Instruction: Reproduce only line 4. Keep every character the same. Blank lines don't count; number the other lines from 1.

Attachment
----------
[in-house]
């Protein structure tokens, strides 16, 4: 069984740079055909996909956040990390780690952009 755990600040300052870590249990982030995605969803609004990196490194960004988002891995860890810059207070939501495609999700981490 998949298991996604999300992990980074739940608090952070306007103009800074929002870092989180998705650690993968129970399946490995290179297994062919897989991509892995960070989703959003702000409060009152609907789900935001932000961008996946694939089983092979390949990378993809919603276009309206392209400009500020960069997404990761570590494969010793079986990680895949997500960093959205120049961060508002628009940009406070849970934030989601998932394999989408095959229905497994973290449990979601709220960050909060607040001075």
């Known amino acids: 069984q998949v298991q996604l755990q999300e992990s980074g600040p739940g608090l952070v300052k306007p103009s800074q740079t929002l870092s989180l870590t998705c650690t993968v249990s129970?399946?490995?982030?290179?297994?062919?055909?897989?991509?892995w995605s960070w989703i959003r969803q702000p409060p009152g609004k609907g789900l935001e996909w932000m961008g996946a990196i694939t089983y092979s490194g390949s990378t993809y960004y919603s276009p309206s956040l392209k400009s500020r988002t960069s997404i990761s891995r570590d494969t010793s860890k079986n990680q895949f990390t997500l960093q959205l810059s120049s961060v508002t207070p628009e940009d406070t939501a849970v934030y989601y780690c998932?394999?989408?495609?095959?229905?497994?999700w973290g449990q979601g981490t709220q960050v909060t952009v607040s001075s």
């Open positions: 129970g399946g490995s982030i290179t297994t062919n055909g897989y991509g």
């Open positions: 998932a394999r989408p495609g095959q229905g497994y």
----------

């Open positions: 129970g399946g490995s982030i290179t297994t062919n055909g897989y991509g």